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20 April 2018

Financial Times: Brexit peril sends ripples across the Atlantic


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Problems loom for America whether London keeps its euro derivatives clearing or not, warns John Dizard.


[...]US officials and markets people watching the Brexit-euro clearing mess just want the argument to go away. Unfortunately, there are problems for them whether London keeps its euro derivatives clearing or, conversely, if it has to leave.

If the euro derivatives staff, lawyers, equipment, coders and so on are moved from London to the mainland, US banks and asset managers will have to put up more capital and management attention to replicate the functions of the existing system. Along with the direct costs and now-imagined disruptions, there will be unanticipated technical and capital markets problems, which are almost certain to ripple through to US markets and clearing houses.

On the other hand, if euro derivatives clearing were to stay in London indefinitely after Brexit, there is the risk of uncertain political support in a crisis for the national team — the Bank of England. UK taxpayers, the ultimate capital base for the central bank, would be unhappy to be told they were backing up euro derivatives clearing houses.

Bad enough that they may have to bail out institutions that fail over losses counted in sterling. Domestic housing defaults are at least comprehensible. Who could explain a requirement to borrow tens or hundreds of billions of euros to save institutions no one has heard of?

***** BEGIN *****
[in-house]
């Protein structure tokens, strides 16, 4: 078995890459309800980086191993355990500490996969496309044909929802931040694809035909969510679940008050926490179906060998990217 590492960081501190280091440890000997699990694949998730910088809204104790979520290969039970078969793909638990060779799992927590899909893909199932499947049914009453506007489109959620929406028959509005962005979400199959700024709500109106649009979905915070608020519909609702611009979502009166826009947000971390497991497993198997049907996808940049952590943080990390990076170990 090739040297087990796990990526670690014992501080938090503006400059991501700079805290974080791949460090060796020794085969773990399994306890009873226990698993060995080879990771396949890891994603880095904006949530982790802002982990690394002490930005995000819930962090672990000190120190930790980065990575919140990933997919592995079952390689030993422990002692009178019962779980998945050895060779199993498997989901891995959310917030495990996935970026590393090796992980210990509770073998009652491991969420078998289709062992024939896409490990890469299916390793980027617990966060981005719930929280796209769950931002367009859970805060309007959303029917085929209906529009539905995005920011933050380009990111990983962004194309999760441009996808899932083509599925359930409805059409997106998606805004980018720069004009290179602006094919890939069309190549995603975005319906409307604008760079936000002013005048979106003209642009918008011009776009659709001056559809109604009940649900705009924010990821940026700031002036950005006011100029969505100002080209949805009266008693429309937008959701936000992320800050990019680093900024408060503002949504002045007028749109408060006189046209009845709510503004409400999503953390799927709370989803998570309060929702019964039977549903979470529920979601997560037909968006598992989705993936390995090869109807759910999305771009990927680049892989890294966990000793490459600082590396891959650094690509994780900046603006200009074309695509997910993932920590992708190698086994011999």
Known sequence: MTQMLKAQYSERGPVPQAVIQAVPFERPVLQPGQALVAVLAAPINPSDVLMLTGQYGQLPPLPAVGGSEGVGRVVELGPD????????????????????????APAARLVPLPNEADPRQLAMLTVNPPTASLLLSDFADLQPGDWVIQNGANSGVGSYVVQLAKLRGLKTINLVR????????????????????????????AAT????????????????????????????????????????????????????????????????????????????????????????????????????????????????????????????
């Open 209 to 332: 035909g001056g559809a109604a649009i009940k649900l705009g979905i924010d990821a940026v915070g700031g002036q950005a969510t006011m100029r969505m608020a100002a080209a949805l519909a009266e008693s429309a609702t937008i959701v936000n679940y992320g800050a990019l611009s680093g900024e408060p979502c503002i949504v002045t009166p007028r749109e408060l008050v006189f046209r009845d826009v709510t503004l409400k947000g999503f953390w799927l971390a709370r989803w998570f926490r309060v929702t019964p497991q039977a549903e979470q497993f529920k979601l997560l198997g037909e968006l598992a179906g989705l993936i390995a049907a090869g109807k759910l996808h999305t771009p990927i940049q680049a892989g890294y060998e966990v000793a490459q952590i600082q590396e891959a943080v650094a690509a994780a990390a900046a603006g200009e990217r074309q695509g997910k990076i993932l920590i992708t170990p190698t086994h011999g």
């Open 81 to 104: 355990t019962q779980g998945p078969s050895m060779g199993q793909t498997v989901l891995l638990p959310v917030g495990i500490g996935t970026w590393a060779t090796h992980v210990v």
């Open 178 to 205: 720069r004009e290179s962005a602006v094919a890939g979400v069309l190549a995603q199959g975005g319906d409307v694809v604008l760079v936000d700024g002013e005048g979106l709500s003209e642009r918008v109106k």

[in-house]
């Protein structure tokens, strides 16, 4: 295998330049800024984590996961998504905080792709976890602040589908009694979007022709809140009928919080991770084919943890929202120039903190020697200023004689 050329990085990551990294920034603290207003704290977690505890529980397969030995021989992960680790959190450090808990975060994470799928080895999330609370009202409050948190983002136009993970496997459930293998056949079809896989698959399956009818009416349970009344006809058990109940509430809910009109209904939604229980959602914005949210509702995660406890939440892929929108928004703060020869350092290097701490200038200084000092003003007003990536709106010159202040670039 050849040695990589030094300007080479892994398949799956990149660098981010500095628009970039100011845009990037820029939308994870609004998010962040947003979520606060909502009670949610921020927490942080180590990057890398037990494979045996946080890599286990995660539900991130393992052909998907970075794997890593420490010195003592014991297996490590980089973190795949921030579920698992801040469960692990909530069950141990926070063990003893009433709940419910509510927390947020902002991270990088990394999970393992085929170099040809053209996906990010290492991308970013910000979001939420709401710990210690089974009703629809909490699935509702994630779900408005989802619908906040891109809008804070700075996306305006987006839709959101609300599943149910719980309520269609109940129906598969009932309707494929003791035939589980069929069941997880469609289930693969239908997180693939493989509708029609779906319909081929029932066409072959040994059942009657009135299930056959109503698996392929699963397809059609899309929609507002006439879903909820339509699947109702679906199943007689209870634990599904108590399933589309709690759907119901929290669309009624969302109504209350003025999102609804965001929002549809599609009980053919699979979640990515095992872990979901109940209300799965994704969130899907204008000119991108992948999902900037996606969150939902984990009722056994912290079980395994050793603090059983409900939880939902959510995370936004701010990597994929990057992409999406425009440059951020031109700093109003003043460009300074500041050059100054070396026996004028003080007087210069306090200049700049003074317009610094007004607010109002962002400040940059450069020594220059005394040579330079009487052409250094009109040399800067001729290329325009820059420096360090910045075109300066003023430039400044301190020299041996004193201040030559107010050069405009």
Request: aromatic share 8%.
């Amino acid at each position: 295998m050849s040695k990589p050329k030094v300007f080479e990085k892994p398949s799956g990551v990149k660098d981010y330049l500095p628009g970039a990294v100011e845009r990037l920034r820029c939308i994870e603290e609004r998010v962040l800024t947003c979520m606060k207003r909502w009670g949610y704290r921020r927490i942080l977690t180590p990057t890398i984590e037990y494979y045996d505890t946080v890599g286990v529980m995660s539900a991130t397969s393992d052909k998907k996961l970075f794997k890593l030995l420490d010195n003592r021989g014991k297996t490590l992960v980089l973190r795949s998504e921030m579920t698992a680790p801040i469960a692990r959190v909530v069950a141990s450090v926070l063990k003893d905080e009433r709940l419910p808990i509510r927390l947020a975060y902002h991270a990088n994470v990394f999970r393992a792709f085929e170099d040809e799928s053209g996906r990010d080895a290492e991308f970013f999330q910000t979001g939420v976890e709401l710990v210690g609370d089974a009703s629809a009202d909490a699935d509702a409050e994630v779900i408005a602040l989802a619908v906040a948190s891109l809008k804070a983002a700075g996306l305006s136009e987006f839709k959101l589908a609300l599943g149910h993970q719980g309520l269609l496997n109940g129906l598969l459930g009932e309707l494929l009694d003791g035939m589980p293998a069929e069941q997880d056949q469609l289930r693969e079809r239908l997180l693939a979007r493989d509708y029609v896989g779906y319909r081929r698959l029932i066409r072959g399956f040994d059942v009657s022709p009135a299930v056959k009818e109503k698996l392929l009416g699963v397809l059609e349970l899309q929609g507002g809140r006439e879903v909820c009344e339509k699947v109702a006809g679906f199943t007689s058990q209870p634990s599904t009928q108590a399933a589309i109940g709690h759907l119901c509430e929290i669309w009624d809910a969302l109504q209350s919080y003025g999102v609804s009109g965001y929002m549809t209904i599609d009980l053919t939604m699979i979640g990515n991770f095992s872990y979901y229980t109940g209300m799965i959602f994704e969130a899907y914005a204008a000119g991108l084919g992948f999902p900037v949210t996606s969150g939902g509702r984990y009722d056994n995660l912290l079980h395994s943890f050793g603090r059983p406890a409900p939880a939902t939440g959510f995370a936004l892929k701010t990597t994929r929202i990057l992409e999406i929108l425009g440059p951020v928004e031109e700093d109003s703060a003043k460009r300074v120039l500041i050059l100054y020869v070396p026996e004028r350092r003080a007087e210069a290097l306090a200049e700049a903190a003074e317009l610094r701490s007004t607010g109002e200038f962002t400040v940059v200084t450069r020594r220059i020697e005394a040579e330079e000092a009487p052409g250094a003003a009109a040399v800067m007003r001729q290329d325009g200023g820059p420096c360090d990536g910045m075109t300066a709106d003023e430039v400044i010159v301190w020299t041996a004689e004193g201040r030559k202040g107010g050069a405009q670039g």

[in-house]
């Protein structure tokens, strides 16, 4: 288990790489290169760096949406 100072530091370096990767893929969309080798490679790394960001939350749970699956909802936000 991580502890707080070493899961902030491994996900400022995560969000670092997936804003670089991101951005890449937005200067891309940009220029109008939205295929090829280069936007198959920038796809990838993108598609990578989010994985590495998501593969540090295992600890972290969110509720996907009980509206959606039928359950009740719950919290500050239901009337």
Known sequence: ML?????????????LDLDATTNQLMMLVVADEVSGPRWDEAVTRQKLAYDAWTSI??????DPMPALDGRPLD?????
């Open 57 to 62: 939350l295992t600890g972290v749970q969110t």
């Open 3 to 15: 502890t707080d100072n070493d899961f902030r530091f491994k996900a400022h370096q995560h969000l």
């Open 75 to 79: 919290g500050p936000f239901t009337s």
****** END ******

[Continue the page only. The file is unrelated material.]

On the other side of the Channel, someone would need to tell the various euro-publics that their central banks needed to lend astronomic sums to a Europe-snubbing British official institution. Perhaps the press releases should be drafted now.

You may think this is journalistic fear mongering. The IMF, though, is mongering the same fear in terms of global systemic risk. With other official institutions, it is worried that no credible plans exist for “resolving”, or bailing out, failing or illiquid securities or derivatives clearing houses.

Look at last month’s IMF “working paper” on “Central Counterparties Resolution — An Unresolved Problem”, which runs to 23 pages.

As the IMF paper says: “The net open interest positions of the largest CCPs (clearing houses) are sizeable . . . taking European CCP’s, the two largest clearers of interest rate products are Germany’s Eurex Clearing AG ($1.7tn open interest position) and UK’s LCH.Clearnet Ltd. ($164tn open interest position).”

At this point the clearing houses will cough patronisingly and say yes, but those positions are offset by other positions, or are otherwise hedged, and the huge numbers are misleading.

Almost all the time they would be right. In a systemic crisis, though, there would be uncertainty about the mechanism for a clearing house resolution (or bailout), let alone how to identify the responsible or solvent parties.

The IMF paper concludes that we had better find a conclusion before a crisis. “The (policy) toolkit is insufficient to avoid the costs of resolution being borne by taxpayers.”

A US Treasury official said this week that “our rule has been to keep prudential regulation (such as clearing house resolution) separate from trade agreements. This (Brexit-clearing house-question) should be about safety and soundness, not horse-trading”.

Imagine: sound advice about trade negotiations from the US. Keep clearing houses a tedious technical issue.

Maybe the UK follows the relevant European rules, and Europe continues to make currency swap lines available. Carefully take these political mines out of the Brexit field.

Full article on Financial Times (subscription required)



© Financial Times


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